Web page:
Hanover: Because it wasn't distributed in North America all that well...

McLeod: Yeah, yeah, sometimes you could find one at Blockbuster or something like that but not very often.

Hanover: And Toronto has a pretty huge Chinatown, as well doesn't it?

McLeod: Yes, it’s got about 2.5 million people total.

Hanover: So that kind of gives you an in that other cities might not have.

McLeod: Yeah, before the internet at least. And now the company that owns all the Shaw Brothersmovies, they were kind of keeping them under wraps and only in the Chinese region or Asian region DVDs, but they were releasing them which was cool. But now they're starting to have a few dubbed and subtitled versions come out on region 1 from other companies, which is cool to see them remastered an everything like that because some of the movies I used to love on those bootleg tapes would be 4th generation, really terrible quality with Korean subtitles on top of the English and almost unwatchable [laughs].

Hanover: You mentioned the internet too and how that's changed it a little bit. It seems like there are some benefits and some negatives that kind of interact there, where you have better access to films and you might have better fan dubbings or fan subtitled versions. But do you think that overrules the loss of community that you speak of, of not being able to go in and have real conversations with people in the stores or do you think that people are finding different ways of getting that same fix?

McLeod: One thing that's kind of sad is the anticipation is gone because you don't have to earn anything you want, you just click around and get it basically whether it's on Amazon for the next couple days or you find and download it. That kind of sense of hunting down something or having a great find in a dusty bin somewhere and getting your friends to come over and watch it with you, that's almost gone. It's kind of like it seems less special when you can click and have it immediately. I think attention spans are getting shorter too so you might just skip through to the...

Hanover: The good parts?

McLeod: Yeah, the good parts. And not tolerate the whole thing.

Hanover: Because if you had to wait for it to come in on order for months or years then you're more inclined to watch the entire thing through...

McLeod: Yeah, yeah. And another thing is that Colin [Geddes], who wrote the forward, also ran a kung-fu fridays film night once every month or two weeks, I think. He basically found a bunch of movies from a closed down Chinese theatre in the trash and rescued them all along with all the lobby cards and posters from the '80s and '70s and would screen them every once in a while at one of our small theatres. Not having been alive for much of the '70s it was cool to see them in the theatres on the format they were made for, with other people who were reacting to the same scenes...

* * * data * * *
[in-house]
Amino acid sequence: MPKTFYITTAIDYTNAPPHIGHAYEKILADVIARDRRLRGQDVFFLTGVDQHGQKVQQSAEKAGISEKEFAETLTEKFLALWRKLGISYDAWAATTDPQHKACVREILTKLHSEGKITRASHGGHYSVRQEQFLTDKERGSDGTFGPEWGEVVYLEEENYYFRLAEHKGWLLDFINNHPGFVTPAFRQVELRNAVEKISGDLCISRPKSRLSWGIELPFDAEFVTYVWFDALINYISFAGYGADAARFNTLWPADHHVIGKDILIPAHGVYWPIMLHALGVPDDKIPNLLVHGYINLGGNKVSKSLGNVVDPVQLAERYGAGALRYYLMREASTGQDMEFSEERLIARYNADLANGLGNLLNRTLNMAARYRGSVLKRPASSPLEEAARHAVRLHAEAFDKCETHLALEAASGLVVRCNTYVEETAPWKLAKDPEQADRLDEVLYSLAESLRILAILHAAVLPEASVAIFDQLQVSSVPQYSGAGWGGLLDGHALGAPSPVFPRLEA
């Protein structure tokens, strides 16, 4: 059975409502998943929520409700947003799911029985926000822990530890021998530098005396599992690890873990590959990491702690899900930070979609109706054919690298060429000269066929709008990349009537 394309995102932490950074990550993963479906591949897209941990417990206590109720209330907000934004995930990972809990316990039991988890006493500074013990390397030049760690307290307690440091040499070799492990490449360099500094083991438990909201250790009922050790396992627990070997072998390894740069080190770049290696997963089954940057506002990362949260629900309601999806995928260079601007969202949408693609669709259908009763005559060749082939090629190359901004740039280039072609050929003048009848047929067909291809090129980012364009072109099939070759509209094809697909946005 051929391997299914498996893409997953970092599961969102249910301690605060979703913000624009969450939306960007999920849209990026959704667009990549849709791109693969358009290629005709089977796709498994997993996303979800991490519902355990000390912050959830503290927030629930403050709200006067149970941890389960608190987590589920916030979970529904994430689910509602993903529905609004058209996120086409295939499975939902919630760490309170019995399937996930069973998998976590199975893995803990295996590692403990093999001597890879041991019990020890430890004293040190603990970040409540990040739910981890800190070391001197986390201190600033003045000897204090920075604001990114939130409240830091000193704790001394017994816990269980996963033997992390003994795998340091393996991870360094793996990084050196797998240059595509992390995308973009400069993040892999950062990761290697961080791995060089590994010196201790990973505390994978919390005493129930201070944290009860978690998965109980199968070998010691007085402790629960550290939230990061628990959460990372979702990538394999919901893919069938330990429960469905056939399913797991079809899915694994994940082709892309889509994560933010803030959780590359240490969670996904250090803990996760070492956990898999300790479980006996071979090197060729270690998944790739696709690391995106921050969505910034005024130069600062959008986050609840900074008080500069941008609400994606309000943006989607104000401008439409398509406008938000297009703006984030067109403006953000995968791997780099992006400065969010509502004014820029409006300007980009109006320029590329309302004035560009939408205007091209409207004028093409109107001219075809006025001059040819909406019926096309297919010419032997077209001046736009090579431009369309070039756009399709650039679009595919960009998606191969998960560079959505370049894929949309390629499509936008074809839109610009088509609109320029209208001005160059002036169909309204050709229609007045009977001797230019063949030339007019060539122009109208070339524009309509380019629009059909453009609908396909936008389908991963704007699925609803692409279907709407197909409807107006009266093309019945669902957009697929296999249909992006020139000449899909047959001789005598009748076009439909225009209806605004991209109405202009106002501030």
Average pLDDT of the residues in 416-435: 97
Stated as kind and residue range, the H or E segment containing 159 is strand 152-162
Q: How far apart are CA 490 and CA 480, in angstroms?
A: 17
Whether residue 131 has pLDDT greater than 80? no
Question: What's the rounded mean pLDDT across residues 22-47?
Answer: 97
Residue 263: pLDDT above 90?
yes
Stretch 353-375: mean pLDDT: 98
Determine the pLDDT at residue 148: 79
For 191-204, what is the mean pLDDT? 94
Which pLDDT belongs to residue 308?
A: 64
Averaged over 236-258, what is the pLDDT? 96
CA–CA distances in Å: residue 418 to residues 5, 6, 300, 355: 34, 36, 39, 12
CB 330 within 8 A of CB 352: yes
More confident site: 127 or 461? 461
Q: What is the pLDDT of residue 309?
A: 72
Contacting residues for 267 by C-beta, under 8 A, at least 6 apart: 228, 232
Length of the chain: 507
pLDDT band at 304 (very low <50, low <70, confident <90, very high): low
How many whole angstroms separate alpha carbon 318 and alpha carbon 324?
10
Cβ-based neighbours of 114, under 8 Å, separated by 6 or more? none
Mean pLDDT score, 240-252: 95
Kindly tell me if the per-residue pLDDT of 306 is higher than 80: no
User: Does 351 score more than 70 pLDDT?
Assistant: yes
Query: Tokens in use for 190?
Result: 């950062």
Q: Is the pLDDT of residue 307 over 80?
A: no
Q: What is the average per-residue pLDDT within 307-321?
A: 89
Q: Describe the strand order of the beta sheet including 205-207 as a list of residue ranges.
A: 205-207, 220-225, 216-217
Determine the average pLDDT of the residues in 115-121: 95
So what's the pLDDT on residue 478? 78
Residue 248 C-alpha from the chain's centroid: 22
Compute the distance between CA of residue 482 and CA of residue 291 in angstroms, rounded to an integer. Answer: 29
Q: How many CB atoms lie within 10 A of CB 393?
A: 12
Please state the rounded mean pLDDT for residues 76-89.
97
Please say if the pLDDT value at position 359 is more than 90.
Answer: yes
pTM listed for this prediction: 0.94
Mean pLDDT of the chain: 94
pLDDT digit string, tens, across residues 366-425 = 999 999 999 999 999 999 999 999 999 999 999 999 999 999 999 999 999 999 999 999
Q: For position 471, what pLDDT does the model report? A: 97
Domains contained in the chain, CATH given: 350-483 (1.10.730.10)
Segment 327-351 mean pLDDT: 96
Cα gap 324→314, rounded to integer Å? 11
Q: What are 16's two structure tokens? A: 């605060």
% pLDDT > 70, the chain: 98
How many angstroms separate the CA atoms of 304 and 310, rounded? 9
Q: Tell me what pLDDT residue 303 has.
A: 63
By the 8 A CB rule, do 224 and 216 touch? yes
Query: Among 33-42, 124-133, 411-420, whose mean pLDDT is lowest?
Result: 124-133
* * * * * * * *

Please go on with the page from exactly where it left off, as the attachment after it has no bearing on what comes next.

Hanover: Like the Street Fighter scene in True Romance, when Clarence walks into the theatre...

McLeod: Yeah! Exactly!

Hanover: To kind of shift gears here for a minute, I wanted to talk more about your style, which is very iconic and immediately recognizable. It's interesting because I think most people probably know your work from the commercial work you do for magazines. 

McLeod: Mm hmm..

Hanover: Do you have a different frame of mind that you get into when you're doing, say, Infinite Kung-Fu, which is very motion based and almost rubbery in some ways, and your cleaner magazine work? Do you need to switch over for one or do you use stuff from both that we might not immediately recognize?

McLeod: Yeah, probably a little of both, I feel like I do a lot of different work for different types of magazines and I do kind of switch up the style a little bit depending on the tone of what I'm trying to illustrate. So if it's a serious news article I tend to go for a little bit more realism-- it's still kind of comic booky looking but not as cartoony. And if it's something more lifestyle or humorous I tend to cartoon it up I guess. And I don't do anything conscious for Infinite Kung-Fu other than I guess it's a little bit more fun but I just kind of do it and see what comes out. I do feel like the two separate worlds are...I never expect anyone from my magazine clients to come across the comics world and know what I'm doing there. I feel like they're separate even though they're not. I just kind of feel like they're separate clubs.

Hanover: Right, they're different cliques, different lunch tables...

McLeod: I guess what I'm saying is if I'm doing some nice illustrations for Newsweek or something like that I'd be...not embarrassed but it's kind of a secret that I do this gory kung-fu comic on the side.